Kent Indian Association celebrates Diwali, giving students a sense of ‘home’

FILE: Dancers perform at the Diwali celebration in the Kent Student Center Ballroom on Nov. 5, 2016. Diwali is the Hindu festival of lights that’s celebrated every year in autumn.

India Said

Kent Indian Association shared a part of their culture through hosting a Diwali celebration in the Student Center Ballroom on Saturday night.

Diwali, which last five days, emphasizes the use of light, as it symbolizes goodness in Hinduism. Participants will burn ‘deeps’ — which are oil lamps — throughout the day in their own home to expel any darkness or evil, according to the Society for the Confluence of Festival of India.

At Kent State, the celebration included students performing traditional Indian dances, presented musical performances and played games for prize giveaways throughout the night.

Indian celebrities such as, singer Simha and notable TV anchor Jhansi Laxmi took the time to wish Kent State students a happy Diwali through a video shown during the event.

Along with celebrating Diwali, KIA celebrated the official launch of their new website.

Holly Keller, a sophomore psychology major, said she felt it was important to be immersed in a different culture than her own.

“Everyday, Indians live in our culture and absorb everything we do,” Keller said. “So, the one chance we have to experience their culture, we should take advantage of it.”

Graduate digital science student Vilkas Begari shared that he appreciates when people of other backgrounds take the time to learn about Indian culture.

“I love attending Diwali,” Bergari said. “I love to meet the diverse groups of people and teaching them Indian culture.”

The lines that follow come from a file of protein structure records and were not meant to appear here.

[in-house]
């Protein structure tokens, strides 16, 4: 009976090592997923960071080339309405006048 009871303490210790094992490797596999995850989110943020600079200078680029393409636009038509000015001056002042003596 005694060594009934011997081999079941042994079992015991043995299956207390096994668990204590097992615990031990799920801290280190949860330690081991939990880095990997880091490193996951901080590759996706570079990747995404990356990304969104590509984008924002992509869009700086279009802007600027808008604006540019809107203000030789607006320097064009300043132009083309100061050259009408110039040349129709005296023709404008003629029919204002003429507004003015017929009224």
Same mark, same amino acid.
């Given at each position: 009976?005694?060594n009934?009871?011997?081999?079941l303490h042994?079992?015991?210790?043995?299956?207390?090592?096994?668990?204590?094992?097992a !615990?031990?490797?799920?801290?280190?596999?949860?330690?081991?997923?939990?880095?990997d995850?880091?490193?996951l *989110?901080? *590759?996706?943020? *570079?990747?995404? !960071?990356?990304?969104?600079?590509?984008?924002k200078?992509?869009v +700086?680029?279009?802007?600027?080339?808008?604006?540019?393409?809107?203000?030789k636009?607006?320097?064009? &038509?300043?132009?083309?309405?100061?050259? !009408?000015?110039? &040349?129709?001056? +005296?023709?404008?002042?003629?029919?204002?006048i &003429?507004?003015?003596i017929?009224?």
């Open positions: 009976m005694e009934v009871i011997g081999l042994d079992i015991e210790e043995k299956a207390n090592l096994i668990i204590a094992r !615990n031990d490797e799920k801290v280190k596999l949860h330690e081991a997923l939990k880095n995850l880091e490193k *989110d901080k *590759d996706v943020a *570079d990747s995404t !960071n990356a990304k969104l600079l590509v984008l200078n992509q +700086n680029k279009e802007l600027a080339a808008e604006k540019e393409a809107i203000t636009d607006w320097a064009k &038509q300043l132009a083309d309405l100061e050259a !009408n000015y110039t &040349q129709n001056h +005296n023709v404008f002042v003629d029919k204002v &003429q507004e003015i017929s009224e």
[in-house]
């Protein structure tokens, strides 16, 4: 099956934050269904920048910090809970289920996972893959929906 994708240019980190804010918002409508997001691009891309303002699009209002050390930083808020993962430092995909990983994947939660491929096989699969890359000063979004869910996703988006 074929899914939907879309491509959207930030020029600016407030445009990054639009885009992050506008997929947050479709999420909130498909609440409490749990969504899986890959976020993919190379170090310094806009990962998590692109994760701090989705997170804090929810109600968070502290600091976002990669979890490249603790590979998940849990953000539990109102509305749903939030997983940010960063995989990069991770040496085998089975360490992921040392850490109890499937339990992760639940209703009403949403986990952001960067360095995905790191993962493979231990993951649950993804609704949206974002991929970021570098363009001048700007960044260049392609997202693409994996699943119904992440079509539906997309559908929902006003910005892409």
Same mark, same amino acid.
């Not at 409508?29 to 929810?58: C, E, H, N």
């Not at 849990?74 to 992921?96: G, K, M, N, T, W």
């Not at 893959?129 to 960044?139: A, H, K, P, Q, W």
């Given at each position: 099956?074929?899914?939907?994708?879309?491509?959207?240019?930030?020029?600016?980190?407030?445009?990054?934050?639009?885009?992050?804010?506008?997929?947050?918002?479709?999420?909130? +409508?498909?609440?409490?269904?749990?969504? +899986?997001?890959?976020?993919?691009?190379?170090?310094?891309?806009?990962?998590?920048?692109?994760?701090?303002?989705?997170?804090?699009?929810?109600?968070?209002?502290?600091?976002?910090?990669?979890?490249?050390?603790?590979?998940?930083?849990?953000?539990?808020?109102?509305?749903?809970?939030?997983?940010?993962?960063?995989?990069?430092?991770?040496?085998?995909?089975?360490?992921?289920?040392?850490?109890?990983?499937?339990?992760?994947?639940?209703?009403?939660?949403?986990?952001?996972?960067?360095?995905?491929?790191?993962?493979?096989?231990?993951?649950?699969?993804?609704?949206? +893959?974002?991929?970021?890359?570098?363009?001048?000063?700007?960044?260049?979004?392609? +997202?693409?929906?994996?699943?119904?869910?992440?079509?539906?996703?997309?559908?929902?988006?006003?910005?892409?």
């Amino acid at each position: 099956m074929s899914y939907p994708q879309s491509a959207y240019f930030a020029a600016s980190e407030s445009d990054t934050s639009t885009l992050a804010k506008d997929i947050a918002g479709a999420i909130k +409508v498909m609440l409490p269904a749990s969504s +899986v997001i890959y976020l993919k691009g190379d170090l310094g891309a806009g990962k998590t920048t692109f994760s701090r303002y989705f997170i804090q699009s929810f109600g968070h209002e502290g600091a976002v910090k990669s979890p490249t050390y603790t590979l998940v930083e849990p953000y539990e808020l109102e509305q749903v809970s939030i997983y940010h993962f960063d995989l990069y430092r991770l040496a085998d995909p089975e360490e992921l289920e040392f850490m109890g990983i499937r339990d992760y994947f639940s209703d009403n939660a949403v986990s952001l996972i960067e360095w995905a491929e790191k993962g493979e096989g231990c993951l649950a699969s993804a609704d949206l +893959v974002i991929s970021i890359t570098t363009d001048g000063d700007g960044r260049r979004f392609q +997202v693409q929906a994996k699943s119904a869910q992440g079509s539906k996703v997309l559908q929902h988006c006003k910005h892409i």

Alka Pandit, a graduate public health student, said students from India don’t visit home often due to travel costs. Pandit added that most people couldn’t imagine being away from home for years at a time.

Pandit said it feels amazing to be able to celebrate traditional Indian festivals as if she were back at home.

“It feels so great to be a part of Kent State’s loving community,” Pandit said.

Sashimita Yelleni, a graduate digital science student appreciated the effort that Kent State makes in order for its Indian students to feel at home.

“Far away from home and missing festivals sucks,” Yelleni said. “Kent has made it possible to feel at home even though I’m thousands of miles away from home.”

Shay Little, the vice president of student affairs, said it is always great to interact with Kent’s Indian Student Association.

“I appreciate (student’s) engagement in cultural activities,” Little said.

For Ashley Heilman, a sophomore advertising major, this was her first time attending a Diwali celebration.

“It was my first time attending and I was so glad I did,” Heilman said. “I did not know what to expect but I loved it so much and will definitely be coming back next year.”

India Said is a diversity editor for the Kent Stater, contact her at [email protected]